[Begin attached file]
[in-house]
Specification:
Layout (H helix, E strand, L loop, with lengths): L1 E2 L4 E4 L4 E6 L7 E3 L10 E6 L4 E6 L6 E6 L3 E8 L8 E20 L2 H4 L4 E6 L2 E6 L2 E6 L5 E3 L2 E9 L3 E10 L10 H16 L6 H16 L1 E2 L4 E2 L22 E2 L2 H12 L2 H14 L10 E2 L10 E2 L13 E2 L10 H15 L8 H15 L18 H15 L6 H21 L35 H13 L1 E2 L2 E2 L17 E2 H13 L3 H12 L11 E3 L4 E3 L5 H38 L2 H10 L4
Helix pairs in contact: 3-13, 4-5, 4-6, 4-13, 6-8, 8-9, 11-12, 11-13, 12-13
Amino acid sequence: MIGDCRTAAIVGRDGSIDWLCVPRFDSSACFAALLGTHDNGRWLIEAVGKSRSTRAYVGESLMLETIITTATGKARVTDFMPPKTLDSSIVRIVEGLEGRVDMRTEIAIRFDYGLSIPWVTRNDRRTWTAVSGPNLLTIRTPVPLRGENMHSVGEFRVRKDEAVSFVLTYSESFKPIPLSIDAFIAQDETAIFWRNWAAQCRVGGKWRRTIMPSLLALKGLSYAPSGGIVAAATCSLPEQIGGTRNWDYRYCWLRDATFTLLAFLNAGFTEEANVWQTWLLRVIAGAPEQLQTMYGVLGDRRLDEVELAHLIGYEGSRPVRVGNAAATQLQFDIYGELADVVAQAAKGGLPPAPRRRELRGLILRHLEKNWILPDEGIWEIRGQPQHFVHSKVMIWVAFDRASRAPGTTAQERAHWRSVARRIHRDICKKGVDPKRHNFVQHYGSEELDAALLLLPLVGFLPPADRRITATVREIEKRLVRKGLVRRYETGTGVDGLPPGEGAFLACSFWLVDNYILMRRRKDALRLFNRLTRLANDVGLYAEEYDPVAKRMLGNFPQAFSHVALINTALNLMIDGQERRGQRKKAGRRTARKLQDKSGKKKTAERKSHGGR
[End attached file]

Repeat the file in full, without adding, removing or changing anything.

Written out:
[in-house]
Specification:
Layout (H helix, E strand, L loop, with lengths): L1 E2 L4 E4 L4 E6 L7 E3 L10 E6 L4 E6 L6 E6 L3 E8 L8 E20 L2 H4 L4 E6 L2 E6 L2 E6 L5 E3 L2 E9 L3 E10 L10 H16 L6 H16 L1 E2 L4 E2 L22 E2 L2 H12 L2 H14 L10 E2 L10 E2 L13 E2 L10 H15 L8 H15 L18 H15 L6 H21 L35 H13 L1 E2 L2 E2 L17 E2 H13 L3 H12 L11 E3 L4 E3 L5 H38 L2 H10 L4
Helix pairs in contact: 3-13, 4-5, 4-6, 4-13, 6-8, 8-9, 11-12, 11-13, 12-13
Amino acid sequence: MIGDCRTAAIVGRDGSIDWLCVPRFDSSACFAALLGTHDNGRWLIEAVGKSRSTRAYVGESLMLETIITTATGKARVTDFMPPKTLDSSIVRIVEGLEGRVDMRTEIAIRFDYGLSIPWVTRNDRRTWTAVSGPNLLTIRTPVPLRGENMHSVGEFRVRKDEAVSFVLTYSESFKPIPLSIDAFIAQDETAIFWRNWAAQCRVGGKWRRTIMPSLLALKGLSYAPSGGIVAAATCSLPEQIGGTRNWDYRYCWLRDATFTLLAFLNAGFTEEANVWQTWLLRVIAGAPEQLQTMYGVLGDRRLDEVELAHLIGYEGSRPVRVGNAAATQLQFDIYGELADVVAQAAKGGLPPAPRRRELRGLILRHLEKNWILPDEGIWEIRGQPQHFVHSKVMIWVAFDRASRAPGTTAQERAHWRSVARRIHRDICKKGVDPKRHNFVQHYGSEELDAALLLLPLVGFLPPADRRITATVREIEKRLVRKGLVRRYETGTGVDGLPPGEGAFLACSFWLVDNYILMRRRKDALRLFNRLTRLANDVGLYAEEYDPVAKRMLGNFPQAFSHVALINTALNLMIDGQERRGQRKKAGRRTARKLQDKSGKKKTAERKSHGGR